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Objectives 3-4 3- Differentiate between Mercator, Robinson and Conic map projections. 4- Calculate time and date in different time zones
Map Projections Projections Image of the Earth projected on paper
Map Projections: MercatorLat. & long. lines parallel Covers large area (global) Distortion at the poles
Map Projections: RobinsonAccurate continental shapes Lines of lat. are parallel Lines of long. are curved Less distortion near poles
Map Projections: ConicAccurate for certain latitudes Distortion at poles and equator Usually covers a small area
Why Time Zones? video
Why do we have time zones?Earth rotates once every 24 hours West to east
Why do we have time zones?Divide earth into 24 time zones (25) Each unit is 15o wide = 1hr time change Eastward advance hour Westward subtract hour
Rules for Changing DateDate changes when crossing International Date Line Cross westward = advance a day Cross eastward = go back a day Day must change at midnight
Earth Science Mr. Bimber
Objectives Vocabulary Compare and contrast latitude and longitude.
Viewpoints Chapter 6, Section 2.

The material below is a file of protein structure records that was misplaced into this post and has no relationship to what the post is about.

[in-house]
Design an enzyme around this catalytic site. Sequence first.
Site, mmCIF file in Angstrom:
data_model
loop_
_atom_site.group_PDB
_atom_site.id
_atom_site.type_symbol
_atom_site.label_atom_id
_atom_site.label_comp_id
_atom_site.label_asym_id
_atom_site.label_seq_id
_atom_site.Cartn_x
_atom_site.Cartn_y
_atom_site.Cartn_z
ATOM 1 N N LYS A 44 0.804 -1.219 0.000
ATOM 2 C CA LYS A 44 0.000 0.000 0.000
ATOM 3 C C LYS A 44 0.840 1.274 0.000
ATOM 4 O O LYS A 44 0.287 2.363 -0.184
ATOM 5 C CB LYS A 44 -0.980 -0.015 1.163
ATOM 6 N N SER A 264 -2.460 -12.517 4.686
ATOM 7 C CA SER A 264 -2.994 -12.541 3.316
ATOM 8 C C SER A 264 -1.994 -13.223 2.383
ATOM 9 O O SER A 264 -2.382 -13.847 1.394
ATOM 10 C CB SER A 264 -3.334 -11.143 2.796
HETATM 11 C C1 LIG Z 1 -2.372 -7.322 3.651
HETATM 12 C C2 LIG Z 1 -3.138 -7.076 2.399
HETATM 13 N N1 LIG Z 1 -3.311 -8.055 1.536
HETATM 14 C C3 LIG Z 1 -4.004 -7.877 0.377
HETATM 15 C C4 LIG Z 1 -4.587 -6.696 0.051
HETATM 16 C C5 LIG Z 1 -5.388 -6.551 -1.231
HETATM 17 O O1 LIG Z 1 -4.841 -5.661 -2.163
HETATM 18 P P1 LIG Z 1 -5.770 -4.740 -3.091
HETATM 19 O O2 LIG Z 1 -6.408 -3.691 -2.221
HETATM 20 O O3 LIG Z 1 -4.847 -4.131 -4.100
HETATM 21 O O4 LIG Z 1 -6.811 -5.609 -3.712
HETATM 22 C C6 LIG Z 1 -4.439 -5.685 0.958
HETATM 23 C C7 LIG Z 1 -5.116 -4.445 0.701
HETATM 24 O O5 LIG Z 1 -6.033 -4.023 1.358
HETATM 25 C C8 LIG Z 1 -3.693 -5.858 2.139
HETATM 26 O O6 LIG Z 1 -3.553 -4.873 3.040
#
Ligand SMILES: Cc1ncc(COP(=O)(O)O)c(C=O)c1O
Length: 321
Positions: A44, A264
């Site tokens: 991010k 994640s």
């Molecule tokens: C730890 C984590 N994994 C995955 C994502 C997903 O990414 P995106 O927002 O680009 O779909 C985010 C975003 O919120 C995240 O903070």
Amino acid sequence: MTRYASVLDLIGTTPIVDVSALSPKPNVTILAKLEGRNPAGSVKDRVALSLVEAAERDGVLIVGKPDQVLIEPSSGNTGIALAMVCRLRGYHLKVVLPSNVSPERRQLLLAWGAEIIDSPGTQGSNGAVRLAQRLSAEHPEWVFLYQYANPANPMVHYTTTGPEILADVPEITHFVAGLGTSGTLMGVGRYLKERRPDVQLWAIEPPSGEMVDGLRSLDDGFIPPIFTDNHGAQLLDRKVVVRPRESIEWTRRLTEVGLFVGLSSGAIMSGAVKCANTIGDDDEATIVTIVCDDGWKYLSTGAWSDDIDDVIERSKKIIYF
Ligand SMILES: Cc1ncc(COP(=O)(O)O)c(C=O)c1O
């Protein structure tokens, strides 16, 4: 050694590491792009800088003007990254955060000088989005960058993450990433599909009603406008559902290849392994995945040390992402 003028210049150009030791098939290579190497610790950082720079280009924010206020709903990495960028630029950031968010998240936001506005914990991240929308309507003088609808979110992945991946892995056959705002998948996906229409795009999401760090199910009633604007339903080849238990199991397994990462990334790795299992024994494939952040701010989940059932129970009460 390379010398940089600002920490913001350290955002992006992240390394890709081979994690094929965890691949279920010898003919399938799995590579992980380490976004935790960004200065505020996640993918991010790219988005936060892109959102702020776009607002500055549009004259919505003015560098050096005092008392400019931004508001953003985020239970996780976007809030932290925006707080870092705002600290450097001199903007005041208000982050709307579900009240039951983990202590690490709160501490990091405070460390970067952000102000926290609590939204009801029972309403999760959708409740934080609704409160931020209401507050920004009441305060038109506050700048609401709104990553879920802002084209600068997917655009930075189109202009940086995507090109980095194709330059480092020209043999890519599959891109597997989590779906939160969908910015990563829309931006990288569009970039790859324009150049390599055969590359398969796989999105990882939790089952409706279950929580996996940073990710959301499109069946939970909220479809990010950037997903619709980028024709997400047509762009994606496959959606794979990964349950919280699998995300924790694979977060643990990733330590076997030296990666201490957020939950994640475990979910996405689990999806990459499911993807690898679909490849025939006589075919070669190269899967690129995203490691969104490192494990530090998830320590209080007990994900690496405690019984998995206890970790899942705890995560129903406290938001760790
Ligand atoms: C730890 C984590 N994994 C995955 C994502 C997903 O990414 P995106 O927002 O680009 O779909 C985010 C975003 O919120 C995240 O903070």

Maps Chapter 6, Section 3.
Latitude and Longitude
Guided Notes on Latitude and Longitude
Models of Earth.
Time Zones Global Studies Mr. McRoberts The World in Spatial Terms
Map Projections By Mr. Melnick.
Two measurements are used to describe locations around the world. Two measurements are used to describe locations around the world. Latitude: distance.
Chapter 2 Mapping our World.
From Globes to Maps.
How to Analyze Maps & Atlases. What is a map? As a class, try to agree on the word’s definition.
A model or representation of the Earth’s surface
Visualizing Physical Geography Copyright © 2008 John Wiley and Sons Publishers Inc. Chapter 1 The Earth as a Rotating Planet Visualizing Physical Geography.
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